LIVE BLOGGING THE OSCARS with Norman Wilner
8:27 PM - Regis Philbin tells us he's just seen Jon Stewart backstage, "and he's in great shape". I find this strangely encouraging.
8:29 PM - Now Regis is yelling at Jack Nicholson. I kinda miss Billy Bush.
8:35 PM: Is Tommy Lee Jones only going to smile when someone references one of his movies?
8:40 PM: Jon Stewart plants "Gaydolph Titler" in the minds of one billion people, collects $5 from the "Daily Show" writers who said he couldn't do it without laughing.
8:43 PM: "Elizabeth: The Golden Age" takes Best Costume Design. (I'd have bet on "Atonement"; these awards usually go to a movie with a Best Picture nom.) Nice to see that, once again, the winner for Best Costume Design is the one who wore the most interesting dress to the ceremony.
8:45 PM: Barbra Streisand takes a moment to celebrate her own wonderfulness in a flashback to her Best Actress win for "Funny Girl". Oh, right, she used to act.
8:54 PM: Brad Bird's "Ratatouille" wins Best Animated Feature, which means Marjane Satrapi's next graphic novel will be about how humiliating it is to lose an award to a movie about a rat, and then have to listen to someone else deliver a gracious acceptance speech that SHOULD HAVE BEEN HERS!
8:58 PM: Best Make-Up goes to "La Vie en Rose." Shit. Does that mean Marion Cotillard has a chance at winning Best Actress?
9:01 PM: Amy Adams sings "Happy Working Song," from "Enchanted," on a bare stage. Somehow it's not as clever or subversive if she's not surrounded by pigeons, rats and cockroaches. If they needed vermin, couldn't they could have rounded up a few agents?
9:08 PM: "The Golden Compass" wins Best Visual Effects, and I lose the office Oscar pool. Note to self: Talking animals always trump talking robots. (Amazingly, all four winners are allowed to finish their speeches -- how cool is that?)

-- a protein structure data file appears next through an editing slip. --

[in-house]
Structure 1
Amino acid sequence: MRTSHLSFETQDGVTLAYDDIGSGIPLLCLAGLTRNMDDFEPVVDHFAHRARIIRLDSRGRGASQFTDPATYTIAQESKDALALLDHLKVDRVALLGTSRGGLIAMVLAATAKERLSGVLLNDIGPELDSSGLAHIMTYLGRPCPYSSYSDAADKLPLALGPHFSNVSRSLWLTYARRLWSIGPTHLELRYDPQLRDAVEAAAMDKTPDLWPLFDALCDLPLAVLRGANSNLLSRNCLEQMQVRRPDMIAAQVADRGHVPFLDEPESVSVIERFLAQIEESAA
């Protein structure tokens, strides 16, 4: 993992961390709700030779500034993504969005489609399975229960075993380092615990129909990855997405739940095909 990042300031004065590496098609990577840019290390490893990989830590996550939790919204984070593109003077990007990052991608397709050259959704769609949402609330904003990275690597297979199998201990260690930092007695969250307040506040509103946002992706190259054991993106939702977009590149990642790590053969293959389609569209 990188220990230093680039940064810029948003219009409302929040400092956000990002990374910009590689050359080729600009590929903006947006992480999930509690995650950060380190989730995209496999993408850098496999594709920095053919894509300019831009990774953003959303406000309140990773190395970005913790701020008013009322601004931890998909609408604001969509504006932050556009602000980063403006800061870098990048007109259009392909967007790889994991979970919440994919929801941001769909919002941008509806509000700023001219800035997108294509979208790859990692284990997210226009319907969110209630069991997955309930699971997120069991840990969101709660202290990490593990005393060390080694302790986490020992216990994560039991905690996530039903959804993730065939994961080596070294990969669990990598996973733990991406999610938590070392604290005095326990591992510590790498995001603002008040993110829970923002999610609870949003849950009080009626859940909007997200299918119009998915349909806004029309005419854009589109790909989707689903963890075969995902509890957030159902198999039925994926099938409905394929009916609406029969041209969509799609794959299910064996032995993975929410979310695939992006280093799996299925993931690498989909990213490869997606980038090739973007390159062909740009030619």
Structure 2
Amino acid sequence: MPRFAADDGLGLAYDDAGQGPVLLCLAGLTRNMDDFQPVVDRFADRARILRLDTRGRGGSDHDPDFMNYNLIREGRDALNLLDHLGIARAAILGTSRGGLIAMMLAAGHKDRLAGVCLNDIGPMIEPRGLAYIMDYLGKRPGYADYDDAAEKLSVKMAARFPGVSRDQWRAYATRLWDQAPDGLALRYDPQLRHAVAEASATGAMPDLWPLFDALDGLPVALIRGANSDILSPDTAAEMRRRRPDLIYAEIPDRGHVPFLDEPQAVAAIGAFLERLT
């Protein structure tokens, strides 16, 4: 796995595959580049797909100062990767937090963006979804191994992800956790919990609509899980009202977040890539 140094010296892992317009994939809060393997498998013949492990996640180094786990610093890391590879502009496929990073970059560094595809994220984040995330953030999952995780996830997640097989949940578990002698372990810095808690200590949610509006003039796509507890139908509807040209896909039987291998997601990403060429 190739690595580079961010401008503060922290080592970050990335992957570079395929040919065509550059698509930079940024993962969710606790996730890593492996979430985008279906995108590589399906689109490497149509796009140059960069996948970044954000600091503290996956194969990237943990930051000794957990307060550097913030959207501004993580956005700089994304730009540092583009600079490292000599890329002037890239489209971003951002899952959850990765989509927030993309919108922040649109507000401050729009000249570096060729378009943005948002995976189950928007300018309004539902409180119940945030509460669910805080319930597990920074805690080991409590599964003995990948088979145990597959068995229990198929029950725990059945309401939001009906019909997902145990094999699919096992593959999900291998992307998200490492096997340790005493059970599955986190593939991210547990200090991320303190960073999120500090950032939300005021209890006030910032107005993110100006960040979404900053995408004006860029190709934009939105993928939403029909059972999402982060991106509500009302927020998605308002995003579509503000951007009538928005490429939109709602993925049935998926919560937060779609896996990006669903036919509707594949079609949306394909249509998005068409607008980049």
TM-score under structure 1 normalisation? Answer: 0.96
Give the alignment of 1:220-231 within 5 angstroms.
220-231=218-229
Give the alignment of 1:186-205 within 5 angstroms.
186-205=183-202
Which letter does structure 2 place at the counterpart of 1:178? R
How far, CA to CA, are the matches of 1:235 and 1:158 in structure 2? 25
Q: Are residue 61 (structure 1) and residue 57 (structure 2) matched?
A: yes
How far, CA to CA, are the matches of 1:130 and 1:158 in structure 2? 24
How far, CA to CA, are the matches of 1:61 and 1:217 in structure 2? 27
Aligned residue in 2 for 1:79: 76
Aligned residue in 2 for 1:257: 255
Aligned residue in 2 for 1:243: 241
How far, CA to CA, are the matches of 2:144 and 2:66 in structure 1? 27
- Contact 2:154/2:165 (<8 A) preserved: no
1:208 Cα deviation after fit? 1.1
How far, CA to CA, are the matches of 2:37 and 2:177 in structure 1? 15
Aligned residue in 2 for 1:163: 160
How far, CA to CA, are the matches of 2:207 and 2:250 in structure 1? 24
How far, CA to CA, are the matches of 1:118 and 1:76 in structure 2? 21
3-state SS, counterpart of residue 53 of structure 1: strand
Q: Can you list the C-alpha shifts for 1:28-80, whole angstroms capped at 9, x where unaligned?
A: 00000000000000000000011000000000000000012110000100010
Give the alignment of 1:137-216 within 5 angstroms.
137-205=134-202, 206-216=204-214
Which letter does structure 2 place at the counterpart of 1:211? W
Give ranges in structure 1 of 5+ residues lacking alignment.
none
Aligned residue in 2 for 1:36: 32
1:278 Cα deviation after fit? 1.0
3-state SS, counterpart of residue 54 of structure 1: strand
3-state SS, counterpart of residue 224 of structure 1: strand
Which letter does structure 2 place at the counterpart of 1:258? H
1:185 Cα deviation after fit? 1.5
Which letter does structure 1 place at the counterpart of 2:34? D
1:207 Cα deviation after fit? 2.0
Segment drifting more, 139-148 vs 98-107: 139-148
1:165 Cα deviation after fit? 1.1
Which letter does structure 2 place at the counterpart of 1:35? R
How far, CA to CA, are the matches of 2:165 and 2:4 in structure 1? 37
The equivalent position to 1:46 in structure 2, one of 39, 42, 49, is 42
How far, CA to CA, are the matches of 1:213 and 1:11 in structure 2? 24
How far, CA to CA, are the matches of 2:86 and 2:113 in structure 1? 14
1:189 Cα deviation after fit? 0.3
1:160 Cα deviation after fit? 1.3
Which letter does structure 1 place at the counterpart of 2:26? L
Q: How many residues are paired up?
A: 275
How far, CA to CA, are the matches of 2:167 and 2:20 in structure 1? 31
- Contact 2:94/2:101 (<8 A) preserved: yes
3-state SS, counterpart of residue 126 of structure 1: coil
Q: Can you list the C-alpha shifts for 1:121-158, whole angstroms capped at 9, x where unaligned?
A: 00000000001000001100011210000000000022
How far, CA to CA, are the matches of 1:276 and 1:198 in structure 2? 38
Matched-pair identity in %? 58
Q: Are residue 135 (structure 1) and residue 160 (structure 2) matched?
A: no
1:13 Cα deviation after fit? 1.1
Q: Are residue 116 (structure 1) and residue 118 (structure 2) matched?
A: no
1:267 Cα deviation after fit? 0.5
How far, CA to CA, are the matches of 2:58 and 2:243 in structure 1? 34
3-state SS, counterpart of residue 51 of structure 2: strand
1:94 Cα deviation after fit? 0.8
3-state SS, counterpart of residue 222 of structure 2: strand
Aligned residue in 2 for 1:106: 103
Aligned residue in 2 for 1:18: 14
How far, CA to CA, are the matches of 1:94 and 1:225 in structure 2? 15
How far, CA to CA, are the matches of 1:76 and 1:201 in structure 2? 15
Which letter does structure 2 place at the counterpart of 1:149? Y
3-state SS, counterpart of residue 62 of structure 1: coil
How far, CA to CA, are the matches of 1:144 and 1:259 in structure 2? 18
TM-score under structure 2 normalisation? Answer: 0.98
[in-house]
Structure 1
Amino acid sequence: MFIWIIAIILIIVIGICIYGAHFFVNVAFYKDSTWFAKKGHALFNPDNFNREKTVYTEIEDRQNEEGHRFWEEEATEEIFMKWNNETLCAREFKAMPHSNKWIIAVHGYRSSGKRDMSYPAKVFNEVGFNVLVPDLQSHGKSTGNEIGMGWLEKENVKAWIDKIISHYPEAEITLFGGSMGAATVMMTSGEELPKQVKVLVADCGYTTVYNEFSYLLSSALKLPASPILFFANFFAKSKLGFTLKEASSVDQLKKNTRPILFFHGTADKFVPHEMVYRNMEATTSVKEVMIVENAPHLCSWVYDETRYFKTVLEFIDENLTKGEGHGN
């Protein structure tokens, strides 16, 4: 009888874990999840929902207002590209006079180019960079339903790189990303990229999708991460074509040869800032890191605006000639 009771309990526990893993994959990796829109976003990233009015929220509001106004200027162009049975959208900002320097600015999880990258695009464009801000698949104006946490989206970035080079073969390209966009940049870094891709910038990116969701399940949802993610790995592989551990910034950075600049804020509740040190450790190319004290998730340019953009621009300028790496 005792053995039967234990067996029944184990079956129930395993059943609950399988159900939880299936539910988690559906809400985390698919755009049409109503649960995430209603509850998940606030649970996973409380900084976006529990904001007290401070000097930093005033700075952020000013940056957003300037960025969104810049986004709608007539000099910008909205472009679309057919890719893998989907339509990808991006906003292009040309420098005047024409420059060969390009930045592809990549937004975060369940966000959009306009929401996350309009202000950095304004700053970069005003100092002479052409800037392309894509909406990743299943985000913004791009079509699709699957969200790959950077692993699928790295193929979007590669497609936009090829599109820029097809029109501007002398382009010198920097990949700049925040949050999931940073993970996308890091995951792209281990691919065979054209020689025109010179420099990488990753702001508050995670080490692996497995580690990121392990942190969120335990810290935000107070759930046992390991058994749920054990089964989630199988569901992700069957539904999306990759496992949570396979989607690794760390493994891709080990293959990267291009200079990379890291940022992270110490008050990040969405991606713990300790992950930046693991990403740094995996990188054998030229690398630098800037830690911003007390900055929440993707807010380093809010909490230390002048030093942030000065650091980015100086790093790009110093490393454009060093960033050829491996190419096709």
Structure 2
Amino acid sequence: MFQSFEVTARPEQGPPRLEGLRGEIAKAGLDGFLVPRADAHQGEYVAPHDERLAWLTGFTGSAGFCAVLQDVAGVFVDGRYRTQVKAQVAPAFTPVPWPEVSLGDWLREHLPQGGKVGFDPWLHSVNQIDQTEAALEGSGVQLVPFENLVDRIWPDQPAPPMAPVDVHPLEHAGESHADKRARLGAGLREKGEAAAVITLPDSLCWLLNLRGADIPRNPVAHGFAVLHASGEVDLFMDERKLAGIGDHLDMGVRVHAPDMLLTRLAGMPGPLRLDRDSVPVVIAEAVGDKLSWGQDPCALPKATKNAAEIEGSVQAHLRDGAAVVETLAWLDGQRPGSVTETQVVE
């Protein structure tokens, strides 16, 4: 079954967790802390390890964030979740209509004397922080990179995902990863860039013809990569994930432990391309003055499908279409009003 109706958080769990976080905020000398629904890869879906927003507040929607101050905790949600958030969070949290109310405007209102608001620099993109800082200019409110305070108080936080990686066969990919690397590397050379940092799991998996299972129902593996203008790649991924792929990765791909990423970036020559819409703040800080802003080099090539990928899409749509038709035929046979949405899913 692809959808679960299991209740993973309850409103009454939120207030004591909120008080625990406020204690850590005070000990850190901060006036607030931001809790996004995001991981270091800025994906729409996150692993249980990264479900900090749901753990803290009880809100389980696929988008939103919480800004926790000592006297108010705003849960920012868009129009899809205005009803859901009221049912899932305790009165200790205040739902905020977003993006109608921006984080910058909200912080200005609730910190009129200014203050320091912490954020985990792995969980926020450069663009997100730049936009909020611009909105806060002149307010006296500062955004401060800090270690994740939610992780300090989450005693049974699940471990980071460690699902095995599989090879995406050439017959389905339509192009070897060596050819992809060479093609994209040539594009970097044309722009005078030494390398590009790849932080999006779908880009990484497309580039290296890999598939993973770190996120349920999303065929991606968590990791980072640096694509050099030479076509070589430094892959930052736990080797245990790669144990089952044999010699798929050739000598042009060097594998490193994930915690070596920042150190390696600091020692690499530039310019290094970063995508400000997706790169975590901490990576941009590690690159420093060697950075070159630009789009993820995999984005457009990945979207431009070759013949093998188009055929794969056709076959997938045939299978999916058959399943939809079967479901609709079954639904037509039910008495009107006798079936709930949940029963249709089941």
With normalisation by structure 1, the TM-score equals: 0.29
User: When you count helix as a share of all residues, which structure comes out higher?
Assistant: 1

9:11 PM: Cate Blanchett emerges to present Best Art Direction -- wait, don't they usually throw out one of the acting awards by this point?
9:12 PM: "Sweeney Todd" wins Art Direction. Screw you and your orchestrated marketing campaign, "Atonement"!
9:18 PM: Javier Bardem wins Best Supporting Actor for "No Country for Old Men." Because you can't stop what's coming.
9:26 PM: A choir performs the big number from "August Rush." And I want to see that movie even less.
9:30 PM: Owen Wilson shows up to introduce the Live-Action Short award. He looks good, but does that nose really need to be broadcast in HDTV?
9:31 PM: Hey, did you know Jerry Seinfeld made a movie about a bee? It's called "Bee Movie"! That's hysterical, right?
9:32 PM: That's "Bee Movie," available soon on DVD!
9:33 PM: "Peter and the Wolf" wins Best Animated Short. As a Canadian, I'm expected to be all indignant about "Madame Tutli-Putli" losing, but you know what? "Peter and the Wolf" was pretty damn great. Sorry.
9:39 PM: I'd have said Cate Blanchett had a lock on that sucker, but Tilda Swinton just won Best Supporting actress for "Michael Clayton" -- and gives what may be the best speech of the night, despite clearly having no notes at all.
9:45 PM: Jessica Alba presents her book report on the Science and Technical Awards. 9:47 PM: Joel and Ethan Coen win Best Adapted Screenplay for "No Country for Old Men"; give the shortest acceptance speeches of the night. But first we got to see a clip of Sarah Polley answering her e-mail, so that was cool.
9:53 PM: Miley Cyrus, aka Hannah Montana, introduces another of the three nominated songs from "Enchanted" -- this one performed by Kristin Chenoweth, who (a) doesn't even try to replicate Amy Adams' sunny innocence, which is so essential to selling the song, and (b) is wearing a dress that kinda makes her look like an escaped mummy. Not cool.
10:01 PM: Seth Rogen and Jonah Hill help us get over the cognitive dissonance caused by the phrase "Oscar winners Dame Judi Dench and Halle Berry."
10:03 PM: "The Bourne Ultimatum" wins for Best Sound Editing. Somewhere in the audience, Michael Bay is wishing he'd vetoed that footage of him yelling at the techies on the "Transformers" DVD. But the lighting made him look so noble!